When she was getting off the drugs, she explained, she had attempted suicide once or twice and they had given her a certificate for it, which she was now clinging on to for dear life, although naturally she was full of contempt for the sort of official mind which would hang a tag of mental instability on anything it couldn’t understand. Suzuki had already noticed her wrists. With her jacket removed, her body had revealed itself to be built on a substantial scale. He had been right about her breasts. They filled out her T-shirt in an impressive manner. Her wrists, however, were the focus of his eyes. On her white skin, the scars were brown, like faded ink. They reflected her character by going in six different directions. Her speech, too, he now realised, was not just random but violent. Everyone who had ever refused her was a wanker, a bastard or a cunt. Her bank manager was a wanker, a bastard and a cunt. Suzuki nodded in agreement while the tirade continued, as if he understood. Actually he was manfully striving to bring his capacity for comprehension into line with this latest, most extreme manifestation of the semantic anarchy in which people condemned to use the English language managed to convey meaning to one another without dying on the spot from shame.

In Japanese the levels of politeness were so precisely codified that one could convey an insult merely by eliding the end of a verb. But the point was that both speaker and listener knew exactly what was going on. All speech was conversation: it was communal or it was nothing. In English you could talk to yourself in the presence of other people, as if their feelings not only did not matter, but did not even exist. Suzuki found this aspect of his voluntary exile the hardest to get used to. Merely listening to people talking in the tube, he took a linguistic battering that frequently left him punch-drunk. In the street, asking someone the way to somewhere, he would receive a reply which left him no honourable alternative except to challenge his interlocutor to a duel. At the gymnasium, when he sat in one of the Nautilus machines and worked to improve a specific group of muscles, he had to field shafts of boisterous familiarity which would have been more appropriate if he were manacled to the wall and in the process of being flayed. But all these linguistic atrocities, though they had happened well-nigh continuously for more than a year, were bagatelles compared with what this girl could unleash in a few sentences. Suzuki felt a sort of relief, as if a long-threatened war had finally broken out. What was the phrase? All bets were on. No: off. All bets were off. It was too late to tell her that ‘Suzuki’ was the second most common name in Japan. She was too busy calling some editor or other a wanker. When she asked him his first name, he told her without hesitation: Akira. She greeted this intimacy with the same blank look of token curiosity which had been engendered by his family name. He had taken that non-committal glaze of feigned interest as a courtesy, but now realised that she had simply never heard of the motor-cycle. Then, with an abruptness that Suzuki had not yet learned to expect, but which he gathered he had better get used to, the girl changed tack.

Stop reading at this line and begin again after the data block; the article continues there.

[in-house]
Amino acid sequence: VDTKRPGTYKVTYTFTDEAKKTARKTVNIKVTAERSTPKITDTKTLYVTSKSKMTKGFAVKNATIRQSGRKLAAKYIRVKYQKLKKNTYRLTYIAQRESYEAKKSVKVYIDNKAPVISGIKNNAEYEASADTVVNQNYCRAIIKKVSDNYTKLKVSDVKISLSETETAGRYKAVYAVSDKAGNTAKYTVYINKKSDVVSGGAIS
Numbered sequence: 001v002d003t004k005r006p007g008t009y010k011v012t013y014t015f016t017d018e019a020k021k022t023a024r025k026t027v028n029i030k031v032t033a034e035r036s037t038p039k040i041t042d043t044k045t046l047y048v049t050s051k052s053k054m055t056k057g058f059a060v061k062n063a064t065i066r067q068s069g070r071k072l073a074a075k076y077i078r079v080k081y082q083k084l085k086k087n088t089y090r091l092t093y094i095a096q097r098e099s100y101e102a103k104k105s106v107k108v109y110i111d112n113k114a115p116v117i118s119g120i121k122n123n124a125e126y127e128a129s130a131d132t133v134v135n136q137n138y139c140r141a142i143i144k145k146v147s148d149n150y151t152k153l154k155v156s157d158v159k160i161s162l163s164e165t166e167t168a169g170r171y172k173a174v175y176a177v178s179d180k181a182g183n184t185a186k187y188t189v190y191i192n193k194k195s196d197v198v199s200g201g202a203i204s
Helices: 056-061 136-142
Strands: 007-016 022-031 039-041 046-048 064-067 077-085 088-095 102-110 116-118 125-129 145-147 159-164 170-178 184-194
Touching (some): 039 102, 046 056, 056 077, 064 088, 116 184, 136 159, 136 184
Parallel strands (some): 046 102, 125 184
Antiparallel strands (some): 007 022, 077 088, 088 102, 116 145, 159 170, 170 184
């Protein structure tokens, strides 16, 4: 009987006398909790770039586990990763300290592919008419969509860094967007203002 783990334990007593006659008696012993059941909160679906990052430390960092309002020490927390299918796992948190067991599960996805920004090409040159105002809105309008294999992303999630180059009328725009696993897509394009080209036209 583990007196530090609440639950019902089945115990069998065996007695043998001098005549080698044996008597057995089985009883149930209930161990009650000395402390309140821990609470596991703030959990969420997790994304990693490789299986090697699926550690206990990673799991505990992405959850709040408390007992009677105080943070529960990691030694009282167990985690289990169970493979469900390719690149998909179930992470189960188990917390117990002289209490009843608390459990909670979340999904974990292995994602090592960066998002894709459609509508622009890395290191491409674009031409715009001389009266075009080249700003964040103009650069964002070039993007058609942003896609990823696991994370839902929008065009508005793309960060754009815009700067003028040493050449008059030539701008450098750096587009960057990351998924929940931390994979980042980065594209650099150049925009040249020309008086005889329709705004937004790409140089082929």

‘Look,’ she said, looking away. ‘I have to go out soon.’

‘Well,’ said Suzuki, so much at a loss that he lapsed into a construction from his own language, ‘If I don’t go, it will be bad.’

‘Well,’ said the girl, looking at the Mitsui poster as if addressing it instead of him, ‘Don’t you want to kiss me?’

Suzuki, who at this point, having quit the bed during her monologue, was sitting on the only chair in the room, almost fell off it, but gathered himself sufficiently to drop gently to his knees and thus bring his face almost level with that of the girl, who was sitting on the bed with her legs to one side, for once having adopted a pose befitting a woman. As carefully as if he was still negotiating his first waltz at ballroom-dancing class, Suzuki kissed her crimson mouth. Like all Western people she smelled of butter. In her case the odour was bearable. Her eyes were shut. His, open, could detect the layer of white paint on her face. He wondered why she troubled to make up her skin. It was so white anyway, except, of course, at the wrists. One of them, the right one, the one she was not supporting herself on, he caressed with his fingertips. When he returned his eyes to hers, they were open but gone. She was looking away into the kitchen, perhaps worried that the bailiffs might arrive through the window. When he tried to kiss her again she shook her head like someone being pestered by a fly. But she agreed to meet him a few days later. Now that he knew the way, he was to call on her. It was no use trying to phone at the moment because there was some mix-up about the bill. Anyway, she had to go to Paris. But by the appointed day she would be back.